Ritchie, Annie Mariah

A SOUTHERN BELLE – The charming and intelligent Annie Goodman remembers the old South well, but continues to remain highly active in Landis Town life in the 1980’s, The Daily Independent (Kannapolis, NC), 20 Apr 1980. Photo by Terry Andrew-Lavage.

 

Class of 1906

Birth: 1888
Death: 1986

Parents:
Luther Ritchie (1858-1924)

Sarah Ann Cox Ritchie (1865-1948)

Siblings:
Lena Ethel Ritchie Cook (18851932)
Malvin Aaron Ritchie (18901973)
Clyde Otto Ritchie (18931923)
Temperance Ritchie Wiest (19041997)

Spouse:
Prince Alexander Goodman (18831976)
Married: 17 Apr 1907

Children:
Sarah Jane Goodman Horne (19121986)
Clyde McKeever Goodman (19141975)

Source: www.findagrave.com, # 90645366; Ancestry.com.
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The Concord Daily Tribune (Concord, NC), 18 Apr 1907, p.4.
Register of Deeds C. A. Isenhour on yesterday issued marriage license to Mr. P. A. Goodman and Miss Annie Ritchie. The Tribune is informed that the young couple were married last night. The groom is from Mt. Pleasant, and the bride is the daughter of Mr. Luther Ritchie, of Number 6 township.
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The Daily Independent Magazine (Kannapolis, NC), 20 Apr 1980, p. 1-E.
92 Years Young
Landis Woman Proof Youth Determined By Heart
BY TERRI ANDREW-LAVAGE
Independent Staff WriterLANDIS – Charming, witty, gracious. All of those adjectives could be used to describe the delightful Mrs. (Annie) Prince Goodman of Landis.At 92, she doesn’t look a day over sixty. When asked the secret of her youthfulness and vitality, Annie Goodman quipped with a smile and a twinkle in her eye, “Because I’m so mean.” But nothing could be farther from the truth.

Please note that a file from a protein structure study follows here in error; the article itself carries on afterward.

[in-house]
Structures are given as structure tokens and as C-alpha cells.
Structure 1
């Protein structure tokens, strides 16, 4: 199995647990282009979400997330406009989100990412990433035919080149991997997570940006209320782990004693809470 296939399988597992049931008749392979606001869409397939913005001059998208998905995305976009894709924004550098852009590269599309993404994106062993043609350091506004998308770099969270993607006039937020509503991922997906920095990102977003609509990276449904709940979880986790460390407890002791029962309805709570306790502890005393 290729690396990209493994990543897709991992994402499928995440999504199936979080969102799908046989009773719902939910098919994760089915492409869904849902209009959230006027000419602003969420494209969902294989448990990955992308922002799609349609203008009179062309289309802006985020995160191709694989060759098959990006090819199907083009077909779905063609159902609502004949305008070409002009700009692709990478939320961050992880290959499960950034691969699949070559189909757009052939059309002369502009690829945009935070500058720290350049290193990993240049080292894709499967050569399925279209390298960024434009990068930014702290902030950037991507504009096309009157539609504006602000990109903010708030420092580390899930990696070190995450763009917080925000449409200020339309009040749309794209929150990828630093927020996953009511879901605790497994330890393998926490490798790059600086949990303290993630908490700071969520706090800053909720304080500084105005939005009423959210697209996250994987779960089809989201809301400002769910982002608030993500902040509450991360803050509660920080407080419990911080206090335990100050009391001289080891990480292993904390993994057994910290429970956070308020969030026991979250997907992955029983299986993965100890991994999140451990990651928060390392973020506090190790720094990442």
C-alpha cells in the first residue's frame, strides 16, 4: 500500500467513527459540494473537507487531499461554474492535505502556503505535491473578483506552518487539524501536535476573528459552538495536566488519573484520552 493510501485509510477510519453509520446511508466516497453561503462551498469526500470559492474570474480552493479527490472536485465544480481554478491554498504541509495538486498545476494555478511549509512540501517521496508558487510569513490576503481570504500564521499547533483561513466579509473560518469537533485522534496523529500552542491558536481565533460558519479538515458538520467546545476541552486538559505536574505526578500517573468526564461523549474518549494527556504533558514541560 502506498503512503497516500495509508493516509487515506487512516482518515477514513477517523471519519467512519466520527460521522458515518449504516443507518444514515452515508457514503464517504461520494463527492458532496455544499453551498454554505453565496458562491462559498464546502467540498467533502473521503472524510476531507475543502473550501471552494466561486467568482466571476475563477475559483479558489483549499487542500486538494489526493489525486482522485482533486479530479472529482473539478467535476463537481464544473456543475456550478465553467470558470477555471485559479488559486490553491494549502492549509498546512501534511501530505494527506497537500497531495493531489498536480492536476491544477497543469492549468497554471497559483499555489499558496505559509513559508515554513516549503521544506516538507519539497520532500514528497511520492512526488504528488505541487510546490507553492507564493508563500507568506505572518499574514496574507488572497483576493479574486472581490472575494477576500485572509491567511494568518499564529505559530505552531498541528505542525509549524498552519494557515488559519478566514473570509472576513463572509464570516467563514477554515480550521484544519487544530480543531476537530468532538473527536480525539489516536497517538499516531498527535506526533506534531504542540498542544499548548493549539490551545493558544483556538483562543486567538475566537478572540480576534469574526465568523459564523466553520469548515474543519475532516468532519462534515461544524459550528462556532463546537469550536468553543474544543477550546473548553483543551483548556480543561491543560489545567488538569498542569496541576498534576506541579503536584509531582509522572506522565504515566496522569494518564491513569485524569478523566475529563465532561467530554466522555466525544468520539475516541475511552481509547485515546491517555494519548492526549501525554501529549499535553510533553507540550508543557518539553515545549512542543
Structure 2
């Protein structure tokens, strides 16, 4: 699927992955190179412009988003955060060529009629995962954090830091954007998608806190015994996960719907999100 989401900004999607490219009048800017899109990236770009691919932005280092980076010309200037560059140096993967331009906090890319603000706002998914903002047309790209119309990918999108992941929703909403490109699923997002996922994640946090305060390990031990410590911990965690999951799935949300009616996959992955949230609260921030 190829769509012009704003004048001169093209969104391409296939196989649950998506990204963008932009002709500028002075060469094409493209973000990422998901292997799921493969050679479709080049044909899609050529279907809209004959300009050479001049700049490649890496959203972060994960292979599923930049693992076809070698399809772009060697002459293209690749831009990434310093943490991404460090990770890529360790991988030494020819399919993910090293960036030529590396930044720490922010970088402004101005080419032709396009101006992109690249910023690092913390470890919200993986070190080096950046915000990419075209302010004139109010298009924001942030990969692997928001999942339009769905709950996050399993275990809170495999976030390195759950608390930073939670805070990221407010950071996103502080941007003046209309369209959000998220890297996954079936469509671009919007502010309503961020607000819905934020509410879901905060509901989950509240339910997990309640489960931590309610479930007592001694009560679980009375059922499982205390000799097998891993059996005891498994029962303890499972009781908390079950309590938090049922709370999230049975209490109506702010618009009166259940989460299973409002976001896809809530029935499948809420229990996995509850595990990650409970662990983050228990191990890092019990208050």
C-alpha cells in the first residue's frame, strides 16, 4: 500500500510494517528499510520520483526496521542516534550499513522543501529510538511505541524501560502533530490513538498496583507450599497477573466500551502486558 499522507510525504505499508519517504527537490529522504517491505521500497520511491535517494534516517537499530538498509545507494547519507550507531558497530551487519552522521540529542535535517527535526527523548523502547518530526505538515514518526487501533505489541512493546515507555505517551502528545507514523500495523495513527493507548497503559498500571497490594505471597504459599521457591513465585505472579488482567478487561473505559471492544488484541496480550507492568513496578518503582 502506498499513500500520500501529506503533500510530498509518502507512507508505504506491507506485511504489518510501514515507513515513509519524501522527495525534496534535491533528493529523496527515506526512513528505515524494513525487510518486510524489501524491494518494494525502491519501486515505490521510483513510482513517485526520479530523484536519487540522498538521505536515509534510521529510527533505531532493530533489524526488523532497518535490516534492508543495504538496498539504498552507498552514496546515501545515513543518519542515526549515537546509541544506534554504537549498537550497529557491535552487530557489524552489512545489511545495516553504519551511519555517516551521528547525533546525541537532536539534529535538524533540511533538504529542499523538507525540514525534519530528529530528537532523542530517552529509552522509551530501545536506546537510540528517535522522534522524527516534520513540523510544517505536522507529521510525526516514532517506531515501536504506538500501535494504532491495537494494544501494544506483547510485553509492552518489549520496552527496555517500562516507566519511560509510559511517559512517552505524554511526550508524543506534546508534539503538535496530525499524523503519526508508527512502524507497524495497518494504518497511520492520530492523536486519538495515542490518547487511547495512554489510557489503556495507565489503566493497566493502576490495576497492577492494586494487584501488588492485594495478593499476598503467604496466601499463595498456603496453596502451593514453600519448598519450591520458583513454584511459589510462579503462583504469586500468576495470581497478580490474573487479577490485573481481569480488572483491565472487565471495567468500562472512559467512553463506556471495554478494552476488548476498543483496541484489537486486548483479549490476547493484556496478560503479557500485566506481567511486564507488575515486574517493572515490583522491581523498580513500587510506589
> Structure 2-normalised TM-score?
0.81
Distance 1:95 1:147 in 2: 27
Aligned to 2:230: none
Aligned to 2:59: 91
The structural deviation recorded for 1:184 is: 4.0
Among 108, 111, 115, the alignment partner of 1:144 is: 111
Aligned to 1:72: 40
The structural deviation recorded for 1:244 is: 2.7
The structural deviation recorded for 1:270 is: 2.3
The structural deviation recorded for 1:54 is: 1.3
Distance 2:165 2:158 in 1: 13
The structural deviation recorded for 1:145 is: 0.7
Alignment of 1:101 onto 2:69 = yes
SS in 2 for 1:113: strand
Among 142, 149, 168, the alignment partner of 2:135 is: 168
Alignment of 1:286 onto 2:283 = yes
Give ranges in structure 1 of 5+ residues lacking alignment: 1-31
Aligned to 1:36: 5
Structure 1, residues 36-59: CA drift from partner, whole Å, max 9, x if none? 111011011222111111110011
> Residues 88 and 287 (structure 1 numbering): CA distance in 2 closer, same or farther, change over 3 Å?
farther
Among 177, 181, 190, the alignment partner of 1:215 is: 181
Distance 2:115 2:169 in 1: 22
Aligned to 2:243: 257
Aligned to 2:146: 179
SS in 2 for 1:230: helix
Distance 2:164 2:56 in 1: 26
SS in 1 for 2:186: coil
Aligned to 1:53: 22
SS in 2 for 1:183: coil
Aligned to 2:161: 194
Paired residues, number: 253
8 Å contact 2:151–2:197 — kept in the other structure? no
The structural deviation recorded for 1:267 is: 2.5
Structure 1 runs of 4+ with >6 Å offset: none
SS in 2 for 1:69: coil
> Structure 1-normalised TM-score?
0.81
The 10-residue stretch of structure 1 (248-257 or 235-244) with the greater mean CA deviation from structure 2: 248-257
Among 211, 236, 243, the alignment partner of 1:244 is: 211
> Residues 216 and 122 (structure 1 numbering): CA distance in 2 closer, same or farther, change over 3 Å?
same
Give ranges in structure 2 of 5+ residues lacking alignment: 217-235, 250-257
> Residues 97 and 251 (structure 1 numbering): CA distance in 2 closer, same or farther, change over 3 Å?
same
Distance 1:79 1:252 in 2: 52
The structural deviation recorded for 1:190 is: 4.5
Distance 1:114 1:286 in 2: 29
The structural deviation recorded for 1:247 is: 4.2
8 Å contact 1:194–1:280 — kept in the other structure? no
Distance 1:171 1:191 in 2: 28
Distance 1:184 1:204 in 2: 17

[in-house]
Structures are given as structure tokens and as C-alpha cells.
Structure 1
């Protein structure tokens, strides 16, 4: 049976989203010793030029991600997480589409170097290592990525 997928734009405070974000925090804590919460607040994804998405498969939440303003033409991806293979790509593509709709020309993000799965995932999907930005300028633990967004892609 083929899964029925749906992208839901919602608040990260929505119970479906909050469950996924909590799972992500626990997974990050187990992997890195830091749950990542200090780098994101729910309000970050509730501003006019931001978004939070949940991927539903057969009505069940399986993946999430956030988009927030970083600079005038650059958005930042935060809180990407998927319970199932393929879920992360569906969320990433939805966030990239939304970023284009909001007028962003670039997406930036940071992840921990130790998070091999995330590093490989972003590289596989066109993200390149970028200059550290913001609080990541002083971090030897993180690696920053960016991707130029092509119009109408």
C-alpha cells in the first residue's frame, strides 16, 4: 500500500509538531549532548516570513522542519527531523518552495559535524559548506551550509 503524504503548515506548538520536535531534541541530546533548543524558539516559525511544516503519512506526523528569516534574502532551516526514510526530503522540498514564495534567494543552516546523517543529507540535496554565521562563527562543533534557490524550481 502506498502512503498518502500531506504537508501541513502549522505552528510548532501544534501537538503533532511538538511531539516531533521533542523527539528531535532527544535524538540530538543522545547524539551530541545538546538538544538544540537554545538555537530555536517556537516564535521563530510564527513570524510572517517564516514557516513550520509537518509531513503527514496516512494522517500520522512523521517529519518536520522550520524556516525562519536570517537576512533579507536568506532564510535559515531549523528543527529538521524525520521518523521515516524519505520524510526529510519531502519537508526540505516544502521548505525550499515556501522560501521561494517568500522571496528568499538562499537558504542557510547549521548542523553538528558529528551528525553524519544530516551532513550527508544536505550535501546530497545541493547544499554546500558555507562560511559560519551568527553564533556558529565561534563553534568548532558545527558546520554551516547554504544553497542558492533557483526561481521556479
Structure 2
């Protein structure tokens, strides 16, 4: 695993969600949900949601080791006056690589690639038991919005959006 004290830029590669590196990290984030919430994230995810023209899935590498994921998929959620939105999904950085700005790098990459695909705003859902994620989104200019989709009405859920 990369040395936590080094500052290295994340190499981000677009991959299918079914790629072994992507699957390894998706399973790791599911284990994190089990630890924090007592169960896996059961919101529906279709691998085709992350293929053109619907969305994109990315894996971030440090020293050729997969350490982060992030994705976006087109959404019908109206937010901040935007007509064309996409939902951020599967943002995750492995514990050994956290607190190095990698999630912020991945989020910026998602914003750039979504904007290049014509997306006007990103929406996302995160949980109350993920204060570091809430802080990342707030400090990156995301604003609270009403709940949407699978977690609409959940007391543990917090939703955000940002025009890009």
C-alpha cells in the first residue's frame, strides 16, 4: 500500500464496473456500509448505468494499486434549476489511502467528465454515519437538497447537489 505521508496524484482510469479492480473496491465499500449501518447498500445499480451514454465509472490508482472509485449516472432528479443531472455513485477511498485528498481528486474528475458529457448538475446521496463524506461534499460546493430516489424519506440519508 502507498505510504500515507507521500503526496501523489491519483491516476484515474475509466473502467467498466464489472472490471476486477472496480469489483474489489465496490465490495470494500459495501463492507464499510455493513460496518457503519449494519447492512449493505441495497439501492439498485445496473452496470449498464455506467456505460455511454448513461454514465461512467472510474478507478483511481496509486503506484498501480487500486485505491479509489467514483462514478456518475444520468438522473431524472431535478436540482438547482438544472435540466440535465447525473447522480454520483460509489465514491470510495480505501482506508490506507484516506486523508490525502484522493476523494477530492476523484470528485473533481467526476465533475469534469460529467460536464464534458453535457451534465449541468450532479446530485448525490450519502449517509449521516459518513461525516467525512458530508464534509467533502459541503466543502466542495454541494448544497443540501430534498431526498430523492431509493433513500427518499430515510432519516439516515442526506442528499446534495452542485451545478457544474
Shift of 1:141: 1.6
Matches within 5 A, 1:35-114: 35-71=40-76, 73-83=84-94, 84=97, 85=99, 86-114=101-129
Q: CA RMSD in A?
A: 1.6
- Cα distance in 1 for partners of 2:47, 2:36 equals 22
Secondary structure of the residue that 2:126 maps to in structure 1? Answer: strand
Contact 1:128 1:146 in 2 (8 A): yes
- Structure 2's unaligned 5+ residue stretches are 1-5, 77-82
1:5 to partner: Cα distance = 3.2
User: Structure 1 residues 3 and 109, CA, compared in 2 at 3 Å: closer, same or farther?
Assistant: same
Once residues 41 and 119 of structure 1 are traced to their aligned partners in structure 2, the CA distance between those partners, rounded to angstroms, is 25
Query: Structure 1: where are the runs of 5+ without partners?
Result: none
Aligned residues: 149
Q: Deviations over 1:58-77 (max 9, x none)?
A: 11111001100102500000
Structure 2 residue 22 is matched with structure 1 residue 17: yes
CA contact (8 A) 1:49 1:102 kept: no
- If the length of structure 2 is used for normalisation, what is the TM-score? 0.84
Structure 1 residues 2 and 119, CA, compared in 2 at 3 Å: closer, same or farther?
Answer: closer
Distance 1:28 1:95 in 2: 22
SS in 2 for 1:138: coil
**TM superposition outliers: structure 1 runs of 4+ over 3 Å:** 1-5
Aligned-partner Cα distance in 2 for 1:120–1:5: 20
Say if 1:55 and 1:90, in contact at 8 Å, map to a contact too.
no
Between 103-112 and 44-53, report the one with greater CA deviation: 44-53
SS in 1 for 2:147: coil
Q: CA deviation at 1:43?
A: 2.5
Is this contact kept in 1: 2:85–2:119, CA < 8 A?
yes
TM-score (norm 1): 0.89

On May 2 Annie will take to the stage for the Choral Ensemble representing her alma mater, Mont Amonia [sic] of Mount Pleasant, one of the state’s first three colleges. For her performance, Annie Goodman will don the traditional apparel she wore to class every day and give a short recitation on her years as a Mont Amonia [sic] student.

Mont Amonia [sic] was a boarding school in Mount Pleasant. Instead of staying at the school Annie lived in town with two spinsters, Miss Sarah Barringer and Miss Lahr. “They were so nice to me,” she remarked. “I can remember sneaking out in the evening and going back to the school. I had some friends who lived on the ground floor. I’d tap on the window. It would go up and I’d hop in. If one of the instructors came around, they hid me.” she said as she began to smile at the memories of days gone by.

Returning to a discussion of the costume she would wear during the play, Annie explained that the Balkin blouse’s construction enabled the owner to hide a peek sheet without detection. “I once made one for the beatitudes. Though I knew them, I never could remember which order they came in. However, during the exam the teacher stood behind my friend and me and we never got to use them,” she laughed.